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RE-Fresh: Nike Air Flightposite II (2000)

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Produced by: Dan Hwang
Written by: Jesse Carr

Our 5th RE-Fresh segment centers on a model that embodies the bold aesthetics that typified the ambitious turn of the millennium — the Nike Air Flightposite II. In our last installment, we examined the science experiment of a sneaker that remains one of the most influential retro basketball sneakers in today's market, the Nike Air Foamposite One, first released in 1997. Attaching an upper made from a hardened liquid to a sole made of carbon fiber in a single cast proved to be a difficult, but rewarding endeavor, as the frequent and highly-coveted releases of the retro models with eclectic colorway names like Dirty Copperor Cough Drop still garner rabid interest. So with a successful foray into the future-forward silhouettes that the Foamposite technology afforded the sneaker fan, Nike began to craft several models with uppers that looked like a Transformer landed on a rubber sole.


The Flightposite II followed the well-received Flightposite I in 1999. The first Flightposite models were not, initially anyway, sneakers designed for fashion. Instead, the meticulous construction of a shoe without a midsole whose laces were hidden beneath a neoprene-like zipper was enacted. The model sold well and found its way onto the feet of many college and pro athletes, so the braintrust at Nike decided to make the Flightposite II Kevin Garnett's next personal model. Though he had his first signature model in 1998, this marked what may still be the most popular of the Garnett models.

For older basketball fans, it seems like just yesterday that KG emerged as a star. After being the number 5 selection in the 1995 draft, he became the first player in 20 years to be drafted out of high school after Daryl Dawkins in 1975. Most hoops fans know that the game's two best players, Kobe Bryant and LeBron James, were both taken out of high school, and since that time, 39 other players were drafted after their senior years in secondary school. The practice of drafting 18 year-olds, however, ended with the collective bargaining agreement in 2006, and since then, players have been required to be 19 years old when deciding to enter the NBA. But KG's quick adjustment to the pro game in his first few seasons made him a name remembered not just for youthful exuberance, but also his zeal for winning.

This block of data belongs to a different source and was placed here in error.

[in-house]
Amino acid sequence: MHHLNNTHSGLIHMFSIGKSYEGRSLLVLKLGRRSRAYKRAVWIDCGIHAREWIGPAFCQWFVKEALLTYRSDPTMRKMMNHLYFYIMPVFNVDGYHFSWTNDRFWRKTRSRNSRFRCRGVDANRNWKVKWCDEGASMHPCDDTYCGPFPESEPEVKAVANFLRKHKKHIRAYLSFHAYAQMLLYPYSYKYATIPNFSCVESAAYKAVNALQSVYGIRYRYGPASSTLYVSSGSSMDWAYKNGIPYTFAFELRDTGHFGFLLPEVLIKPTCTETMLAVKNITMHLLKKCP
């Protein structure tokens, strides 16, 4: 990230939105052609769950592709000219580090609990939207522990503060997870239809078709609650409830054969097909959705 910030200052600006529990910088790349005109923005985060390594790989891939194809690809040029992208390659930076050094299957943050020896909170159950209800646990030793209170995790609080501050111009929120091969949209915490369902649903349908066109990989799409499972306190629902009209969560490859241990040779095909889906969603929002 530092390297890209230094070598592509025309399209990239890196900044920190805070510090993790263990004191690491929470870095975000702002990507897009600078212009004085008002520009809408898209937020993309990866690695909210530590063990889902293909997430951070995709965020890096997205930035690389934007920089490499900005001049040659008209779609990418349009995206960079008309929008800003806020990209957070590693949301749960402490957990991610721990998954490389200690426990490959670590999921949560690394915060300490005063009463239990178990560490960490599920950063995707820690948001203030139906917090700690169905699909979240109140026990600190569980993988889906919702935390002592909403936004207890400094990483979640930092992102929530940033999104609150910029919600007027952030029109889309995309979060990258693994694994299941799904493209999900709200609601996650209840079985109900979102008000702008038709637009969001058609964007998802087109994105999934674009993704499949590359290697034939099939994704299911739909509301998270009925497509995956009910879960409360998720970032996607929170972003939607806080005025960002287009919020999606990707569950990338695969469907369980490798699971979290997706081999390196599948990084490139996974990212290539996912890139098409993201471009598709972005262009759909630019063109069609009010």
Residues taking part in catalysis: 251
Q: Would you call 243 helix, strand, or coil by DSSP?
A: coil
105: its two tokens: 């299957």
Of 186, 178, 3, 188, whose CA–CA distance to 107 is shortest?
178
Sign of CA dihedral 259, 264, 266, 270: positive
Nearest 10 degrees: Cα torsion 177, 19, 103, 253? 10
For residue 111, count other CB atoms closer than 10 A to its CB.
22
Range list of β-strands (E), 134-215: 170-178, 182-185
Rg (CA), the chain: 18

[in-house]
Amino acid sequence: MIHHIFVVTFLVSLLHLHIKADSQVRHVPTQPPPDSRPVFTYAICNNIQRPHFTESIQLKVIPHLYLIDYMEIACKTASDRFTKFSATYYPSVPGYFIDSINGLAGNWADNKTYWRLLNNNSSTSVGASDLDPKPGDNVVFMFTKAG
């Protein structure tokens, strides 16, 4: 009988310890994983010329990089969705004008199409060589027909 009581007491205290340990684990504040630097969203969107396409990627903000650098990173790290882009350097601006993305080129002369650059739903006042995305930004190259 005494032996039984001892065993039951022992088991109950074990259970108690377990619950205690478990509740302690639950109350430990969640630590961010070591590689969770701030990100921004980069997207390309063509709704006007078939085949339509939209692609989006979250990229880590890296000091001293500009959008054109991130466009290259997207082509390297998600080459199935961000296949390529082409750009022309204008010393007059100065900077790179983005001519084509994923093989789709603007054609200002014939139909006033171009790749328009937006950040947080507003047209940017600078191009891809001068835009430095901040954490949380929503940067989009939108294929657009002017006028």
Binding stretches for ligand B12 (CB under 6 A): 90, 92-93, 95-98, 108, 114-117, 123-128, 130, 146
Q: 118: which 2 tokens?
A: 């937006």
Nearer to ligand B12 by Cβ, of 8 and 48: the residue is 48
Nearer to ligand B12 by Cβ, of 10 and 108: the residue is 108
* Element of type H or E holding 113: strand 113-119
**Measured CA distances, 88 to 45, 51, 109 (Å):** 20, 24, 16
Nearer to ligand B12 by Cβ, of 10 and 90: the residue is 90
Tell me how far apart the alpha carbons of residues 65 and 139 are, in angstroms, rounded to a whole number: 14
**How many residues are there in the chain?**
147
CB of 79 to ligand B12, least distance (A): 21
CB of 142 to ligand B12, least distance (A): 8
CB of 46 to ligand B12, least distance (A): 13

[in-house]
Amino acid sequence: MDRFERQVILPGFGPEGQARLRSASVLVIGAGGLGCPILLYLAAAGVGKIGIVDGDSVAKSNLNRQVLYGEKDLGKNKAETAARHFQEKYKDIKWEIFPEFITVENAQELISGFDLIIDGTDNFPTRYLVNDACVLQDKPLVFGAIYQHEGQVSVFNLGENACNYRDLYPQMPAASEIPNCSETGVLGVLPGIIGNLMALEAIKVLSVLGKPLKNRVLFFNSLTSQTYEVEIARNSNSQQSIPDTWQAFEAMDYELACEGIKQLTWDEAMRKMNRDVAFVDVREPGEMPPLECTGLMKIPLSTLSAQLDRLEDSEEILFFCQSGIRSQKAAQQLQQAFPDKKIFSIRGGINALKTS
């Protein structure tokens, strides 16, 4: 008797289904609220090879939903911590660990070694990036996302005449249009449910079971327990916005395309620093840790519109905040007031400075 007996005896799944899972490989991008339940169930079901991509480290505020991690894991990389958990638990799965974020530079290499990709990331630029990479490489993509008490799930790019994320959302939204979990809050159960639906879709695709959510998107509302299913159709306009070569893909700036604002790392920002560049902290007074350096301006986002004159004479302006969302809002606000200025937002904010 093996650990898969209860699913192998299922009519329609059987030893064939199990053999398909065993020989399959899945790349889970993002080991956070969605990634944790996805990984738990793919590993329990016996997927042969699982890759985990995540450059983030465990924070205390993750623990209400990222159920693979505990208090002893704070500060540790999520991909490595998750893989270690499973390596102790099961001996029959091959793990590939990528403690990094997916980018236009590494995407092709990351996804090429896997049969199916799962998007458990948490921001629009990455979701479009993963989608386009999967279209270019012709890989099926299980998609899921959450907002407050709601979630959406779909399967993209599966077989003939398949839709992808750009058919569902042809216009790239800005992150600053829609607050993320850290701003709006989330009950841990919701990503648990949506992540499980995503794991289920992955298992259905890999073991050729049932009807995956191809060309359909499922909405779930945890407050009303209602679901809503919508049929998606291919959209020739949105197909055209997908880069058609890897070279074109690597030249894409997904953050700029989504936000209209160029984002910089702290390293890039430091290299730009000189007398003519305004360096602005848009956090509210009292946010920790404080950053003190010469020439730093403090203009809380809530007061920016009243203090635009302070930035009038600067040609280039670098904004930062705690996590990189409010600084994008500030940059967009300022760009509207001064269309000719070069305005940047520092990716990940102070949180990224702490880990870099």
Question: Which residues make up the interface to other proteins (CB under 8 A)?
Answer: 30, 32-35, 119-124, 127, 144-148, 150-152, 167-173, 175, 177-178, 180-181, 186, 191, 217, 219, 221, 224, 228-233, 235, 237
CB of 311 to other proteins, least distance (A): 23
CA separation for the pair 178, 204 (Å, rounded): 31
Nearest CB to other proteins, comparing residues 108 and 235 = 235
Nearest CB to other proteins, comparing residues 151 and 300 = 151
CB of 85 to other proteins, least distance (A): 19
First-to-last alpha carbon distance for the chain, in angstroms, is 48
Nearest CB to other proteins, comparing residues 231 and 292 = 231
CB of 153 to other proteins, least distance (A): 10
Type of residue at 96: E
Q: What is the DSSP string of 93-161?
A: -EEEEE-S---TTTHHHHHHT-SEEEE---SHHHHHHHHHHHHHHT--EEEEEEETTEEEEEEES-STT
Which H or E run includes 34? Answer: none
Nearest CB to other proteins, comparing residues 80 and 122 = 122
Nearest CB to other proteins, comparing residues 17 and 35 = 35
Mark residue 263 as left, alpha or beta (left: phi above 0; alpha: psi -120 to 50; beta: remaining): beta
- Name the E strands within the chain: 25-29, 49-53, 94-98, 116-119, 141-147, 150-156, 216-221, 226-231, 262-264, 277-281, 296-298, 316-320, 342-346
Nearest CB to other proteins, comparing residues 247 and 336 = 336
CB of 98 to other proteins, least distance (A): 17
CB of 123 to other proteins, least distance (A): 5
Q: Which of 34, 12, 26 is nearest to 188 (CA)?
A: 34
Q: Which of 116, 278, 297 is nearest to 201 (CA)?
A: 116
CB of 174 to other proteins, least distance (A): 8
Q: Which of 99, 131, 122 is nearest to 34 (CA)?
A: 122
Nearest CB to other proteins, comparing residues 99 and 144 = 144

After only two years in the league, Garnett found himself among the NBA's elite as an All Star, his first of 14 total appearances at the mid-season showcase. KG won an MVP in 2004, a year before he was the All-Star Game's MVP. But, perhaps his signature moment came on June 17, 2008 just after Garnett got his first NBA title. Shortly after the final buzzer sounded, an ESPN announcer came over to interview Boston's big man. Garnett grabbed his freshly minted championship hat and screamed "anything is possible" and stretched out the last syllable for about 10 seconds before erupting into tear-filled emotion. For those who followed his career, this unabashed honesty typified his most enduring attribute—his heart.



Nike saw the potential for Garnett both as an athlete and promotional vehicle, and he delivered on both fronts for many years. The Flightposite still stands, along with the Air Garnett III, are his most famous models for Nike. Garnet didn't stay with Nike, however, as he's had subsequent signature models with adidas, And1, and most recently with the Chinese brand, Anta. And while he may be on his 4th sneaker brand, he's been far more consistent with his NBA teams, as he's been with only his initial team, the Minnesota Timberwolves, and the team with whom he won the 2008 title as an NBA champion in Beantown.

The lightweight model that helped KG through the 2000 season came in a few different colorways, ranging from silver to blue to gold. Each, even the black on black model which we are featuring, highlighted the futuristic, turn-of-the millennium styling that was bold and chunky while giving the wearer lightweight, responsive performance. And while Garnett was finally able to make a breakthrough and win the title in 2008, our next model will feature the signature shoe of an understated player who dominated the first decade of the new millennium—Tim Duncan.





















Original 2000 deadstock Nike Air Foamposite courtesy of Corgi from CorgiShoe, where you can purchase original sneakers like these.